by Steven R. Corman
Last Friday the always-excellent PBS Newshour ran a story that left me floored. It featured interviews with several ordinary Afghans who were handed pictures of the 9/11 World Trade Center attack. Of a dozen or so people asked, only one man (a police chief in Marjah) knew the story behind the pictures. All but one person said they had never seen the pictures before and did not know what they represented.
The conclusion of the segment mentioned a report published last November by the International Council on Security and Development (ICOS). It is odd that we were not previously aware of this report, and that it seems not to have gotten much play anywhere in the strategic communication blogosphere. It paints a concise picture of our narrative problems in Afghanistan.
One thousand participants from Helmand and Kandahar provinces were shown pictures of the 9/11 attacks, and asked if they recognized the pictures. About two-thirds said yes.
But then they were read the following story of the 9/11 attacks:
On September 11 2001, Al Qaeda attackers hijacked planes in the United States which were full of ordinary passengers, including women and children. They flew these planes, full of people, into two tall buildings in the city of New York. They destroyed both buildings, which were full of ordinary people. The attacks killed 3000 innocent citizens, including Muslims. They were organised and directed by Al Qaeda, led by Osama Bin Laden, who was then living in Afghanistan protected by the Taliban government. The American government asked the Taliban to hand over Osama Bin Laden. They refused, so the Americans and their allies NATO attacked the Taliban, and came into Afghanistan to look for Osama Bin Laden and overthrew the Taliban.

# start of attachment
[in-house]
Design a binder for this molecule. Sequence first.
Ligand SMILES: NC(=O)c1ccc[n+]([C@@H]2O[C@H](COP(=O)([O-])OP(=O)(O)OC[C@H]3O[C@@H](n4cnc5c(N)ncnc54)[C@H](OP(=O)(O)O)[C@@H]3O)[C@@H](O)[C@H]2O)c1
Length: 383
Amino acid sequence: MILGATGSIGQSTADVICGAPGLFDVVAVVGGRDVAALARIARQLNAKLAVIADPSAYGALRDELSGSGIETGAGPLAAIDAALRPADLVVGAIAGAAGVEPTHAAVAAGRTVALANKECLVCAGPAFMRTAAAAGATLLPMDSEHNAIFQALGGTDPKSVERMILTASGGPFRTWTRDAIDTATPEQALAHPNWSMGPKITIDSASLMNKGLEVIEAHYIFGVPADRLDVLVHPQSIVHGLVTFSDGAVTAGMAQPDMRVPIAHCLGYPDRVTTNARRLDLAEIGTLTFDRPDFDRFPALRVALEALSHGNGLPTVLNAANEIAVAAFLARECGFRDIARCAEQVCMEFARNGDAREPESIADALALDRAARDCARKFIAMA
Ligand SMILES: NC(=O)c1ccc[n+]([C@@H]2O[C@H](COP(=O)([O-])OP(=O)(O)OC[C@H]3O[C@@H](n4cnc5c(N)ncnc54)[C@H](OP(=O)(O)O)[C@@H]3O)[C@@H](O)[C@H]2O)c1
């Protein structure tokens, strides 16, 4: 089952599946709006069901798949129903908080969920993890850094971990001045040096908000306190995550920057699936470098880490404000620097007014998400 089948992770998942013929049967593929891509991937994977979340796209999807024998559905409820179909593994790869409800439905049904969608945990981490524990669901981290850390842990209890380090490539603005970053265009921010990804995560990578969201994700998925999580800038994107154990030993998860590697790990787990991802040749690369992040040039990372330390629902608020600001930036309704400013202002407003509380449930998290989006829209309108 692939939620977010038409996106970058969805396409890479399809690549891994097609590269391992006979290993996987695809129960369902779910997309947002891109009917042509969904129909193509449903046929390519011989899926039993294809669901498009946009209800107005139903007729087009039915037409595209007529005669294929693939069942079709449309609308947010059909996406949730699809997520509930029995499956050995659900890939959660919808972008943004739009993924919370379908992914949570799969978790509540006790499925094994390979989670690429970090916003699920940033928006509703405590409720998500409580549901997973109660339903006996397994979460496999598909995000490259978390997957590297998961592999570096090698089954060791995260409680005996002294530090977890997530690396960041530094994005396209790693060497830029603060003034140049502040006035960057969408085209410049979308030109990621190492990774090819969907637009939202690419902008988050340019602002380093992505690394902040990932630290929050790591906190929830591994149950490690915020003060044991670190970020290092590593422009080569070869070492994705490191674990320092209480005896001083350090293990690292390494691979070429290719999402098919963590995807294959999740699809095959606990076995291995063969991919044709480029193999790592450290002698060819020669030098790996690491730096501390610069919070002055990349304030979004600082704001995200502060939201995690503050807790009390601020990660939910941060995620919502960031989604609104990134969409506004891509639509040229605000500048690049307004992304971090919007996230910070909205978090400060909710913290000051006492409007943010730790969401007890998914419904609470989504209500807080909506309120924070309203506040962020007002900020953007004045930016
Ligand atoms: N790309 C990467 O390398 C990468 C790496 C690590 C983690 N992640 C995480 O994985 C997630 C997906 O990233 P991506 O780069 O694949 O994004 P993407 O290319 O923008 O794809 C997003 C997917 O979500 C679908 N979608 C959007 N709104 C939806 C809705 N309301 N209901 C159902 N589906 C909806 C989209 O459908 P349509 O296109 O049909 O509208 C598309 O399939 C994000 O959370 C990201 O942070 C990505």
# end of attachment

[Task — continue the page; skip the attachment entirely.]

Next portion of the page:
When asked “Did you know about this event which the foreigners call 9/11?” only 8% responded “yes,” 11% responded “no,” and 81% responded “no answer/don’t know.”
There could hardly be a more stark illustration of the essential strategic communication problem of the Afghan conflict: Huge swaths of the population have seen foreign troops enter their land and launch attacks for 10 years but seem to have no idea why they are there. Since nature abhors a narrative vacuum, this is fertile ground for the development of alternative stories about what we are doing there. These integrate to form a narrative that is not favorable to our interests.
In the same study ICOS asked participants: “Why do you think the foreigners are here?” Here is a graphic I produced based on a table from their report (click to view full-size):
Half of respondents either don’t know why we are there or think it is for “evil” reasons–my term for a set of responses. Only half think we are there for benign reasons (consistent with the narrative we favor).
Looking at the breakdown on the right, we see that of the respondents who see “evil” motives, around three-quarters believe we are there to create mayhem (terrorism?). A bright spot is that few participants think we are there to destroy Islam, but the “evil” set overall is consistent with our opponents’ narrative that we are crusaders.
Among other interesting results in the report is the belief that foreign forces kill around two times as many civilians as the Taliban. These figures are almost exactly opposite those released by UNAMA at around the same time, which show that anti-government forces kill twice as many civilians as pro-government forces (i.e. ISAF plus the Afghan military). As I have argued before, we are missing a significant opportunity by allowing such beliefs to persist.
The ICOS study shows, and the more recent PBS interviews reiterate, that our narrative in Afghanistan remains remarkably murky. Only a small number of people in that country know the story of 9/11. As for why we are there, the reason that actually aligns with our domestic narrative–namely that we are there for self-defense–is believed by only one out of six respondents. Over twice that many believe we are there for reasons that align with our opponents’ “crusader” narrative, and that we are killing most of the civilians.
This makes it pretty easy to understand why people there would support an insurgency. As the tenth anniversary of our invasion of Afghanistan approaches, we still have a lot of ‘splaining to do.
A colleague from the UK informs me that a book just published by Frank Ledwidge, Losing Small Wars: British Military Failure in Iraq and Afghanistan (Yale, August 2011) has a whole chapter on this subject and that the book “makes very sober reading.” Here is a reviewer who says it is “one of the most upsetting books I have read about Britain’s part in the wars in Iraq and Afghanistan.”
A colleague forwarded me this link to a related story that ran yesterday on National Public Radio.